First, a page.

On 10/18/2013 1:38 PM, Jason Resch wrote:

On Fri, Oct 18, 2013 at 11:27 AM, meekerdb <meeke...@verizon.net <mailto:meeke...@verizon.net>> wrote:

    On 10/18/2013 12:26 AM, Jason Resch wrote:

    *On Thu, Oct 17, 2013 at 10:03 PM*, meekerdb <meeke...@verizon.net
    <mailto:meeke...@verizon.net>> wrote:

        On 10/17/2013 6:04 PM, LizR wrote:
        On 18 October 2013 13:42, Jason Resch <jasonre...@gmail.com
        <mailto:jasonre...@gmail.com>> wrote:

            The basis problem is no different from the "present" problem under 
            relativity: If we exist in many times across space time, why do we 
            ourselves in this particular "now"?

        I don't know about the basis problem, but the now problem is simple to 
solve -
        we don't find ourselves in a particular now, find ourselves in all the 

        But *I *don't find myself in all the nows. Why not?

    I've highlighted the answer for you.  Why should anyone (including you) 
take the
    word of one particular Brent from one particular time, that other Brents do 
    find themselves in other times?

        Note that in some basis I *am* in a superposition.

    How does the theory of mind you are operating under predict what being in a
    superposition should feel like?

    First, my theory of mind makes mind dependent on classical processes in a 
    brain - so it explains why experiences are of the classical.


    But Bruno's theory takes experience as logically prior to the physical.  So 
he can't
    appeal to the physical aspects of the brain to make experience classical.

He assumes this when he says our consciousness is supported by a Turing emulable process. Turing machines are classical.

    Second, you and I are in superpositions relative to some bases.  So how 
does it feel?

Let me make sure I understand the question. Let us say we are in a metal box (like Schrodinger's cat), and we measure the spin state of some electron's y-axis. Outside of this box, there is an observer, and from his perspective, we within the box remain in a super position of having measured both states. You are asking what it feels like to the person inside the box in the superposition, from the perspective of the person outside the box?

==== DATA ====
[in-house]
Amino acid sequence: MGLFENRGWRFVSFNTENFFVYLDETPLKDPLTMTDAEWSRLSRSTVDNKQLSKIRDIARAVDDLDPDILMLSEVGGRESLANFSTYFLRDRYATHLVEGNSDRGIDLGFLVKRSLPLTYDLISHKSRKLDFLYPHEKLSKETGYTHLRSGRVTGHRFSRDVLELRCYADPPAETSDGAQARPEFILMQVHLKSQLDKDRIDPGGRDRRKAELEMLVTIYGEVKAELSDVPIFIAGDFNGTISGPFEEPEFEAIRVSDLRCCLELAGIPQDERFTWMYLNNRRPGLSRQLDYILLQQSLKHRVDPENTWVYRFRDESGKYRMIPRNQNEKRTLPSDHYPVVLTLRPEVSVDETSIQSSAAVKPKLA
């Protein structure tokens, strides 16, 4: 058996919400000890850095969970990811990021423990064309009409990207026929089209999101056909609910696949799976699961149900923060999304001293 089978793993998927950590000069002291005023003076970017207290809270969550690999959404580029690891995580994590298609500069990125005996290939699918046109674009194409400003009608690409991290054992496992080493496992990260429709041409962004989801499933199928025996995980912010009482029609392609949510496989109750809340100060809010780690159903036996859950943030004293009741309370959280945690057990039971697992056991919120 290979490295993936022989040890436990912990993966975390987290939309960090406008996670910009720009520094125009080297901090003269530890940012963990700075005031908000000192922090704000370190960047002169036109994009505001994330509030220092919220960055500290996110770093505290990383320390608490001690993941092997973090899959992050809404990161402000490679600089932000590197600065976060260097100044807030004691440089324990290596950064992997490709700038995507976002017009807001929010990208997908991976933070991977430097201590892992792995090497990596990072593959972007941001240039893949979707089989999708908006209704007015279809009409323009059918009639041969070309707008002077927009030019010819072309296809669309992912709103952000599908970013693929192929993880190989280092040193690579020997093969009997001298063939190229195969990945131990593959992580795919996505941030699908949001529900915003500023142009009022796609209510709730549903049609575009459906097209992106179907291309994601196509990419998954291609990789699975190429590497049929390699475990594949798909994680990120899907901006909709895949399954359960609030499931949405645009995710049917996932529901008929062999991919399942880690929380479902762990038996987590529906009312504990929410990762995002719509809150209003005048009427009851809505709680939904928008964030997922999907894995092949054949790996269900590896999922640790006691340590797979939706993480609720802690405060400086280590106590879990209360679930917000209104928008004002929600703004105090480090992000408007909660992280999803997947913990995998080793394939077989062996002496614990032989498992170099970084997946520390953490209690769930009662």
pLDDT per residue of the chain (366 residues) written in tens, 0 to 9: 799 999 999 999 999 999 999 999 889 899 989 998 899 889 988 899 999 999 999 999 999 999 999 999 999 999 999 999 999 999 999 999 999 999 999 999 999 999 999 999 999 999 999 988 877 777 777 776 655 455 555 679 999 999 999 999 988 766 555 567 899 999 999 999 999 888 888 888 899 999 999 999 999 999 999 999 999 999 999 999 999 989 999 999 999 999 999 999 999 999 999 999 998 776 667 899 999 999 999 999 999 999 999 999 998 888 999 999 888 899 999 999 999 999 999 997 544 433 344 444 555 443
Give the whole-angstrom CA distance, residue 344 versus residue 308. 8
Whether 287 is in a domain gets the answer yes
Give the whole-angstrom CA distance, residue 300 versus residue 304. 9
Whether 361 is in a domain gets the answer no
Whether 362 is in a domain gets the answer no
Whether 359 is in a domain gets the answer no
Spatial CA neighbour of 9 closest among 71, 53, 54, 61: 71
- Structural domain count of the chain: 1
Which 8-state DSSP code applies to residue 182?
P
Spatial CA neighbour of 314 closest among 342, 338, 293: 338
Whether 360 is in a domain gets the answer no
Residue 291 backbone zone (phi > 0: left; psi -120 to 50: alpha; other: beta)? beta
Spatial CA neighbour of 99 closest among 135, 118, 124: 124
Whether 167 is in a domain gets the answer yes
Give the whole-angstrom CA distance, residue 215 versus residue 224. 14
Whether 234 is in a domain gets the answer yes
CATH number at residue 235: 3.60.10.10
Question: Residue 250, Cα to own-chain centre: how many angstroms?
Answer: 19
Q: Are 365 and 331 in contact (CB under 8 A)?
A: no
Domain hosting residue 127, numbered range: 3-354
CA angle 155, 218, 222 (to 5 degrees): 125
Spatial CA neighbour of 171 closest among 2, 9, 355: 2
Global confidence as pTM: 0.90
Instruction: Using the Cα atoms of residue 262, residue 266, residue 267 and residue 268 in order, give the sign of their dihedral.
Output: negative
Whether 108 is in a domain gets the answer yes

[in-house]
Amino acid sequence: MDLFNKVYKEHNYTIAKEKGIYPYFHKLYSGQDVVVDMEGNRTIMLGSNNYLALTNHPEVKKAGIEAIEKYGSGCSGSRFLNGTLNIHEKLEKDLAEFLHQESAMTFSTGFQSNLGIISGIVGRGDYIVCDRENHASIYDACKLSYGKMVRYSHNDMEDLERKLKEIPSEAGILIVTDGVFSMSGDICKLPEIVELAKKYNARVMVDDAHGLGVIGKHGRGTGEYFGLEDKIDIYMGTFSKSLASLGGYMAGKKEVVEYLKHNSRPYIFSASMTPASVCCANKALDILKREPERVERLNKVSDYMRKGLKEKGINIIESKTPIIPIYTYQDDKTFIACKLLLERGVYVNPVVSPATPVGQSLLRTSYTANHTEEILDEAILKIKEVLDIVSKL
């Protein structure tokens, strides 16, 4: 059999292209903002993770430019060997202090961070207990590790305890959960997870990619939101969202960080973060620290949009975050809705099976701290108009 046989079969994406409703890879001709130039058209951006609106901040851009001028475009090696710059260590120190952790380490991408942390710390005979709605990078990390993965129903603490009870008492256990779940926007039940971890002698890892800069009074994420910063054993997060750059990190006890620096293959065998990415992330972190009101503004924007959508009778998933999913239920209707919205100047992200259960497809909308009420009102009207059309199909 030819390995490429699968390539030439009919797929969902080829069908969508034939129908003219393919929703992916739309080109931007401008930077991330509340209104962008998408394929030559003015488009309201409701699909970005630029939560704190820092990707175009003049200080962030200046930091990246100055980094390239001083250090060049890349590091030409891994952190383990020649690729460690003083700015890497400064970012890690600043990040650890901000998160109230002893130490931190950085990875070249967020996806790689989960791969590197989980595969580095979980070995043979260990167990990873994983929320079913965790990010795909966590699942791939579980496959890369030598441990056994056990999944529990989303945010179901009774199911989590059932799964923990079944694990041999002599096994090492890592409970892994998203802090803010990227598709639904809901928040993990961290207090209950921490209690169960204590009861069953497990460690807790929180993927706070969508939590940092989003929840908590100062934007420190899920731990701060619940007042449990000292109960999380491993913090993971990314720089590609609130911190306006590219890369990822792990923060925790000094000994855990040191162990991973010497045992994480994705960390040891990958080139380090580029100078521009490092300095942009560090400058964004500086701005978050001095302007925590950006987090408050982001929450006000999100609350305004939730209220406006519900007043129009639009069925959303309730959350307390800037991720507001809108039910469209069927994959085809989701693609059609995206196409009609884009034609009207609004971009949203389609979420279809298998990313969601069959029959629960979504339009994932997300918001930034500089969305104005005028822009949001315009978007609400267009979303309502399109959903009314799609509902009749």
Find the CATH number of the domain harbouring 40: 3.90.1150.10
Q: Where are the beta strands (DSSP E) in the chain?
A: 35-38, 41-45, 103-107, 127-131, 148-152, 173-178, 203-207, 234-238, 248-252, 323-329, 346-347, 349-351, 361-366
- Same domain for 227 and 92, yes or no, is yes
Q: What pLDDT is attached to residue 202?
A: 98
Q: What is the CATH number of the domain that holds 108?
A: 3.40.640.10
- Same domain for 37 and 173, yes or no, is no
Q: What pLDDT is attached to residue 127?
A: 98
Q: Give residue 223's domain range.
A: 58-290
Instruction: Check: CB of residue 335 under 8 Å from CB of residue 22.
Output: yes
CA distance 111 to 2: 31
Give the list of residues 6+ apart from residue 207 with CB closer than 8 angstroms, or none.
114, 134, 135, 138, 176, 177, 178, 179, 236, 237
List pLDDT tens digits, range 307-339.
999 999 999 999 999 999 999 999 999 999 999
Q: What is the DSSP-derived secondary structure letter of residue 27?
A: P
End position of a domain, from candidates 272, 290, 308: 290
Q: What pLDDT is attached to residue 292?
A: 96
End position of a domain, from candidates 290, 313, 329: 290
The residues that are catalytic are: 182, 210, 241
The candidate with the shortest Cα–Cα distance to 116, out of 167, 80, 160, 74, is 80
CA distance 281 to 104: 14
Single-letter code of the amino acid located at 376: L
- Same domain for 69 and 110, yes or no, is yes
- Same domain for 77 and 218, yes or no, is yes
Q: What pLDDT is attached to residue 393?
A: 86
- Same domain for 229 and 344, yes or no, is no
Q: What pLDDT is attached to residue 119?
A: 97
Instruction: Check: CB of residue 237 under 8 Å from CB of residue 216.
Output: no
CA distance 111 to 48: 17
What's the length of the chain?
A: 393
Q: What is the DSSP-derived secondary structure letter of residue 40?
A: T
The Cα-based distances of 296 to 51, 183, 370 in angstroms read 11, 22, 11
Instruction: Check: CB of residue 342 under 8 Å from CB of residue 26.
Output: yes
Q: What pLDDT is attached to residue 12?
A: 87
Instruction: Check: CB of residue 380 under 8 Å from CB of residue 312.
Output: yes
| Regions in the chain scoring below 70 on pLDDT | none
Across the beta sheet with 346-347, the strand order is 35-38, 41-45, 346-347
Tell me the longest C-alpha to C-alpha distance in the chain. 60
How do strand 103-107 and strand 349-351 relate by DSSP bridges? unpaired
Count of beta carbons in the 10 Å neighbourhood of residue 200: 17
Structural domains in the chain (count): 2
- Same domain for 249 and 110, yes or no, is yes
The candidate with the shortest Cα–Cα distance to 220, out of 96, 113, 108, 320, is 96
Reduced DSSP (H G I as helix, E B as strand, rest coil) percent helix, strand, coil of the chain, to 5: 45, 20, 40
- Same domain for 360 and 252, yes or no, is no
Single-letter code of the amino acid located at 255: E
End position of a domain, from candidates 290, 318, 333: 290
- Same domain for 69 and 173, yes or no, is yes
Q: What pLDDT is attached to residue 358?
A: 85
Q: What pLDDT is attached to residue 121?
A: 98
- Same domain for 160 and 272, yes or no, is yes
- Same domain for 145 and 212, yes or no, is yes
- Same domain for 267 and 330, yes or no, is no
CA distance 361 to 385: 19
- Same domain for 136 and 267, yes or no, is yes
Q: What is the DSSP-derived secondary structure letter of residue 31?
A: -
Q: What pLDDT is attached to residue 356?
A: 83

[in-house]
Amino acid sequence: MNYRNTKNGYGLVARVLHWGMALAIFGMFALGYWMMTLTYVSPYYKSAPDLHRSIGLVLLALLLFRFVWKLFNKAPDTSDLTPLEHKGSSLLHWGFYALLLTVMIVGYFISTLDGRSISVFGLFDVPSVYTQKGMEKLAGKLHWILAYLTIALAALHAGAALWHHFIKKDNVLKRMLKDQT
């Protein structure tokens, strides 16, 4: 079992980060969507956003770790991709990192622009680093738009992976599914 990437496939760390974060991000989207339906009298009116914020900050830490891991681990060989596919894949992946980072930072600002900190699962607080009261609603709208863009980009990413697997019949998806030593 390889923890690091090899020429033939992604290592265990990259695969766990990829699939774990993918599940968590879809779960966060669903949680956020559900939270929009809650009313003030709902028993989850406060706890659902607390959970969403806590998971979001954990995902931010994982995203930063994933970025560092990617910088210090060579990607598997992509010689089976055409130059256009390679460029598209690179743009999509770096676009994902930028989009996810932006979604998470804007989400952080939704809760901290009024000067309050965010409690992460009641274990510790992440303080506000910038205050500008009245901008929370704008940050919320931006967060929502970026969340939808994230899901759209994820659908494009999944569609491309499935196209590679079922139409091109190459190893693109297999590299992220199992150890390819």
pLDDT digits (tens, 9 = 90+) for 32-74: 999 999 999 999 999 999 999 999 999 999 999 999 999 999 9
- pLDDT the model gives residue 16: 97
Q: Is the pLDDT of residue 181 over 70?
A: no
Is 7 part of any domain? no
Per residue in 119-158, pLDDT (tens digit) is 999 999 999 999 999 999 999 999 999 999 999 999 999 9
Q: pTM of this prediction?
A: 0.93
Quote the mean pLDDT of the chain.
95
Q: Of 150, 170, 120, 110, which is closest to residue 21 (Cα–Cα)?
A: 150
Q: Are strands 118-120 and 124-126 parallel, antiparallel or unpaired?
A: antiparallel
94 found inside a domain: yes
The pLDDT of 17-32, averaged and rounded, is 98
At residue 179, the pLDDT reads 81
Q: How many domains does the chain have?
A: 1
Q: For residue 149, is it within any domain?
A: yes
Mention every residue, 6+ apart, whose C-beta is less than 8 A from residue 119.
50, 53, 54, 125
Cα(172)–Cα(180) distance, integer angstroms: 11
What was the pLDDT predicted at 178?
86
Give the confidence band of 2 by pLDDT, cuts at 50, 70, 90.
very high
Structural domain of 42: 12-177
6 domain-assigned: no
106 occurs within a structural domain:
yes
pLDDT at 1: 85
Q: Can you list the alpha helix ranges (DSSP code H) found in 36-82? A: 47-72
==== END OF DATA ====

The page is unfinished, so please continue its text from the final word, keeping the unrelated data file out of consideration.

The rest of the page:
If so, I think the answer is rather clear. It doesn't matter what the person outside the box thinks, within the box the electron's spin is no longer in the superposition, and neither is the person who measured it. Their experiences have diverged. From the perspective of the person outside the box, they know that the person inside will be performing the measurement and has split. Had they known the entire state of the wave function within the box, they could predict it is now in a superposition where one observer has measured and written down "spin is up", and the other where the observer has written "spin is down", but even from the perspective of this external observer, he does not find any state in the evolved wavefunction of the box where the two observers have some kind of shared memory of seeing both states.

That's a Copenhagen description in which superpositions are destroyed instead of just being dispersed into the enivronment. If you take MWI seriously the whole system (including the observers) are in superpositions and to say that the observers see either "spin-up" or "spin-down" is assuming that there is some projection operator that neatly separates the superpositions in that basis. But to say that is the preferred basis is to beg the question. Not begging the question is "the basis problem".


You received this message because you are subscribed to the Google Groups 
"Everything List" group.
To unsubscribe from this group and stop receiving emails from it, send an email 
to everything-list+unsubscr...@googlegroups.com.
To post to this group, send email to everything-list@googlegroups.com.
Visit this group at http://groups.google.com/group/everything-list.
For more options, visit https://groups.google.com/groups/opt_out.

Reply via email to